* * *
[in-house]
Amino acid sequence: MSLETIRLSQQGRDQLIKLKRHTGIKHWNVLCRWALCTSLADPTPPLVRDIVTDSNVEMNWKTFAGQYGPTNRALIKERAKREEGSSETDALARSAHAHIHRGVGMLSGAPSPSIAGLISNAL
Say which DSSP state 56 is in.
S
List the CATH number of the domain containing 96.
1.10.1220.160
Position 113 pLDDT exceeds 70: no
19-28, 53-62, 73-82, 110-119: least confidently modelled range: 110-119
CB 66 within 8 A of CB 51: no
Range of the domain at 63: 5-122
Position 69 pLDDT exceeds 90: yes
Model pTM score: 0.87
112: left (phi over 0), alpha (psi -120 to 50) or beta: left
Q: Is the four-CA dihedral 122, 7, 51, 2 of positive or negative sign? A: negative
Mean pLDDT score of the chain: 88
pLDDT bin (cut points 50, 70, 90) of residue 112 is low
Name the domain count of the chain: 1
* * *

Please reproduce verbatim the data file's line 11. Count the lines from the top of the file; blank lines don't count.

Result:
Position 69 pLDDT exceeds 90: yes